The study of living kidney donor decision-making and psychosocial outcomes

McNeill, Yvonne L. (2011) The study of living kidney donor decision-making and psychosocial outcomes. D Clin Psy thesis, University of Glasgow.

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Abstract

Background:
Individuals with end-stage kidney disease need dialysis or a kidney transplant. Kidney
transplantation from a living donor is the preferred treatment. Live kidney donor
transplantation, however, is an invasive surgery performed on a healthy individual for the
benefit of another person. Therefore, donors should be fully informed of the risks involved in
donation. The medical outcomes for kidney donors are well known, however, the research
investigating the psychosocial impact of donation is limited. Understanding the psychosocial
outcome of living kidney donation would promote informed consent, allow donors to plan
their postoperative recovery period, and guide the development of services that maintain the
long-term health of donors.
Aims:
This study aimed to investigate the postoperative quality of life of live kidney donors, to
investigate which variables predict postoperative psychosocial outcome, with particular
interest in the variable of coping style and to gather information regarding how individuals
decide to become living kidney donors and how satisfied they are with their pre- and postoperative
care.
Methods:
Living kidney donors at Glasgow Western Infirmary, Manchester Royal Infirmary and St.
James’ Hospital, Leeds were asked to complete a preoperative assessment consisting of the
SF-36, HADS, COPE and The Donor Decision Control Scale. Four weeks postoperative,
donors were asked to again complete these questionnaires, and in addition The Living Donor
Survey.
Results:
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Complete data was available for thirteen donors. The results indicate that live kidney
donation had a significant adverse affect on the physical wellbeing of the donors; the
postoperative scores on the PCS and all of the corresponding domains were significantly
lower and with a large effect size. Five (38%) of the donors experienced postoperative
complications, three of whom were readmitted to hospital. With respect to psychological
wellbeing, donors’ scores on the MCS did not differ significantly from their preoperative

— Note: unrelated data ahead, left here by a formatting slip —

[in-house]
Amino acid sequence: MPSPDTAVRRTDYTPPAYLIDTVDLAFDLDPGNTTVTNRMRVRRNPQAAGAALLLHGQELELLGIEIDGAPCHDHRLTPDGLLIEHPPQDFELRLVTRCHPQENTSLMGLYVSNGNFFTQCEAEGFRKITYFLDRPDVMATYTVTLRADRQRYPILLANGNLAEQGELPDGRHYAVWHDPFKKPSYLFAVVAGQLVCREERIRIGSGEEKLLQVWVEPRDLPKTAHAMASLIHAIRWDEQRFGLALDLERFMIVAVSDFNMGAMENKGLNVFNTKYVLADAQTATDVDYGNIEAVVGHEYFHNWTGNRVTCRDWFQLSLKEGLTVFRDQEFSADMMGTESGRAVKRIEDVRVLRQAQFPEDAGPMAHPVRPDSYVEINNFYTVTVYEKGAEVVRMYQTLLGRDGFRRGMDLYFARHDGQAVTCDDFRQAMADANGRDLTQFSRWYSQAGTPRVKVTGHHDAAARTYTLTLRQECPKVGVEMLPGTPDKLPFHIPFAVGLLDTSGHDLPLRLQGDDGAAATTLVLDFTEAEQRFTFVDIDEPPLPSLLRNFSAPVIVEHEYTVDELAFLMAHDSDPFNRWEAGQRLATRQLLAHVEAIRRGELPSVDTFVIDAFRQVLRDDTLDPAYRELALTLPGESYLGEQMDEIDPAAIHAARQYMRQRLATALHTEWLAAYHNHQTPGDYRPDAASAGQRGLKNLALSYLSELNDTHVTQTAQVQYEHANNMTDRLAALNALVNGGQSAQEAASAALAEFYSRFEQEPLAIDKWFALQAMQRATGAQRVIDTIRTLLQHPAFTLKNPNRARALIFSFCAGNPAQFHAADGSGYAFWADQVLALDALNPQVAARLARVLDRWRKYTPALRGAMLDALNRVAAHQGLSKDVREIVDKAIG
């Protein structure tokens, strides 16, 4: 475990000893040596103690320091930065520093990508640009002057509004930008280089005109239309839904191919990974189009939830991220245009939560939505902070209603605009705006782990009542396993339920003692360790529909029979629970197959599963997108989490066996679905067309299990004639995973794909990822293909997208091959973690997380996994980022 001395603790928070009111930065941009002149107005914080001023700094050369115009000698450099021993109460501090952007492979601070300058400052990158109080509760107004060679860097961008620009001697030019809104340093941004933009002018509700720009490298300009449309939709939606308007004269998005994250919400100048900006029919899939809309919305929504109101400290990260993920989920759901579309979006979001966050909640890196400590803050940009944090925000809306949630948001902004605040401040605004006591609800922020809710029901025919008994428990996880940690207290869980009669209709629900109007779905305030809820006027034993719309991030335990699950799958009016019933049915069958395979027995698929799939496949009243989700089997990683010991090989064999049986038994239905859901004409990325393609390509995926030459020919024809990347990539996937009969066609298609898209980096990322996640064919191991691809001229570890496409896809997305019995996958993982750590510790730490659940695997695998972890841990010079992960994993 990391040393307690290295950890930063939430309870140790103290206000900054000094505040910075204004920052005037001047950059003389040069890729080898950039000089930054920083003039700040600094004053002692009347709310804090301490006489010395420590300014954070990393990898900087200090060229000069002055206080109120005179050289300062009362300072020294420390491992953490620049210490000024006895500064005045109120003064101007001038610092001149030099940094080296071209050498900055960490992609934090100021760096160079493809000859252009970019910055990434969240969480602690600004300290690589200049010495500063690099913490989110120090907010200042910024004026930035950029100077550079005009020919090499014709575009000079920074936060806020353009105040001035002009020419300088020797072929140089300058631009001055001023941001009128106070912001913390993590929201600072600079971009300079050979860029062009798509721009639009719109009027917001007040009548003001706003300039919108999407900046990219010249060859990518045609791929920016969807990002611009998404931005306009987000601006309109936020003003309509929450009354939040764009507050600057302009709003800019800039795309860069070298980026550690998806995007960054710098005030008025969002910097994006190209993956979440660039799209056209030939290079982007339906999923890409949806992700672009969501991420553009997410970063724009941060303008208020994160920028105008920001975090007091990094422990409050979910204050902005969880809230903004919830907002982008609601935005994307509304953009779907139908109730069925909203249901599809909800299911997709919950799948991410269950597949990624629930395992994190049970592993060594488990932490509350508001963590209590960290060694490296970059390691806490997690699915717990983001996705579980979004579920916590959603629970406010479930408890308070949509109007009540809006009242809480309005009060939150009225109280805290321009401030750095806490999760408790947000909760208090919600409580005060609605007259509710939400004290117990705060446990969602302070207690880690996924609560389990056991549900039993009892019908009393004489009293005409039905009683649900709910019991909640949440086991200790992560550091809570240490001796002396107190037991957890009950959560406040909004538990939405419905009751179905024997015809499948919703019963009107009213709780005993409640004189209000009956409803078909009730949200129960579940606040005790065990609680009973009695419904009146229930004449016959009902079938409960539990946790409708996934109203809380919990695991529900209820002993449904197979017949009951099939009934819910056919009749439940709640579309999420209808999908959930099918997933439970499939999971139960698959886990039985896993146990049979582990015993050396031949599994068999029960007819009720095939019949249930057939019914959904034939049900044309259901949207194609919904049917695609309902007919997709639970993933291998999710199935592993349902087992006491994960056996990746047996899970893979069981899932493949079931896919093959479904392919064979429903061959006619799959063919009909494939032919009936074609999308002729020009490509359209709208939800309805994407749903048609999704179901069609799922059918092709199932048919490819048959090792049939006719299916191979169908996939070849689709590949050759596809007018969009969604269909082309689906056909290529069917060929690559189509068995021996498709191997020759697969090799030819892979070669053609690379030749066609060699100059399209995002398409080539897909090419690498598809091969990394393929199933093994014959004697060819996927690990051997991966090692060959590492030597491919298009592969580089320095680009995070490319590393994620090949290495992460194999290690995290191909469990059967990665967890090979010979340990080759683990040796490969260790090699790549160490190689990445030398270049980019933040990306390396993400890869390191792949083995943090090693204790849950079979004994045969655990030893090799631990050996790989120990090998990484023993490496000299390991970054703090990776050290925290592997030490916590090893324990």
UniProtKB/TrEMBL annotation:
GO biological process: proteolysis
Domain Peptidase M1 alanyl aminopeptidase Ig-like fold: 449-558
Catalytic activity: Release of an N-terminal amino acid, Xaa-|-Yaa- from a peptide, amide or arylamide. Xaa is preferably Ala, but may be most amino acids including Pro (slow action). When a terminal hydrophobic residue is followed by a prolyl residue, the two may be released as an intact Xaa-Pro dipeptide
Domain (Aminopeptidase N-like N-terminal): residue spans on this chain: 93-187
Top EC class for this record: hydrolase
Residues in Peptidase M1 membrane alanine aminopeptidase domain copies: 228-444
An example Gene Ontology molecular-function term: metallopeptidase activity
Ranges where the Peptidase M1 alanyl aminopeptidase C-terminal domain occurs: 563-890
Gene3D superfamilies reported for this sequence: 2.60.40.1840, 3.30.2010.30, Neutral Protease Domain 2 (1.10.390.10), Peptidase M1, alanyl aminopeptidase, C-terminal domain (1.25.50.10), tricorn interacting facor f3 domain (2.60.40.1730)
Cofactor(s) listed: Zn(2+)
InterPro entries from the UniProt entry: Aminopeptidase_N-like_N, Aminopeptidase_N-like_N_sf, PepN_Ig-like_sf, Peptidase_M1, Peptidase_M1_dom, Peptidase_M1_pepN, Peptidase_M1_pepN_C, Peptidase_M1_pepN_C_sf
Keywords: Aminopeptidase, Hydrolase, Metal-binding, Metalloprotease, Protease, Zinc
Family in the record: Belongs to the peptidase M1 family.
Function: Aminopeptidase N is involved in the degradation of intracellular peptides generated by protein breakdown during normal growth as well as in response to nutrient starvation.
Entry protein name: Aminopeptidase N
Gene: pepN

scores. With respect to anxiety, for the group as a whole, postoperative HADS anxiety scores
were lower and the severity and prevalence of anxiety symptoms reduced. For depression
there was only a marginal increase in HADS depression scores. Analysis of each individual’s
outcomes indicated that there was a marked difference in the impact of donation. The results
suggest that poor psychosocial outcome following donation was marginally associated with
relying on mental disengagement as a coping strategy. Improved outcome in the
postoperative period was associated with seeking social support
Conclusions:
The physical health of donors is adversely affected by live kidney donation. Four weeks
postoperatively live kidney donors report their physical health as being worse than those with
long-standing illness. The psychological wellbeing of the majority of donors appears to be
largely unaffected by live kidney donation. However, a minority of donors report a poorer
psychological wellbeing following donation. Individuals who use active coping strategies
have higher postoperative MCS scores, reflecting better psychological wellbeing. However,
this conclusion should be interpreted with caution due the small sample size and therefore the
possibility of a type I error.

Item Type: Thesis (D Clin Psy)
Qualification Level: Doctoral
Keywords: living kidney donor, psychosocial outcomes, donor decision making
Subjects: R Medicine > R Medicine (General)
B Philosophy. Psychology. Religion > BF Psychology
Colleges/Schools: College of Medical Veterinary and Life Sciences
Supervisor's Name: Millar, Prof. Keith
Date of Award: 2011
Depositing User: Dr Yvonne McNeill
Unique ID: glathesis:2011-3498
Copyright: Copyright of this thesis is held by the author.
Date Deposited: 03 May 2013 15:47
Last Modified: 03 May 2013 15:49
URI: http://theses.gla.ac.uk/id/eprint/3498

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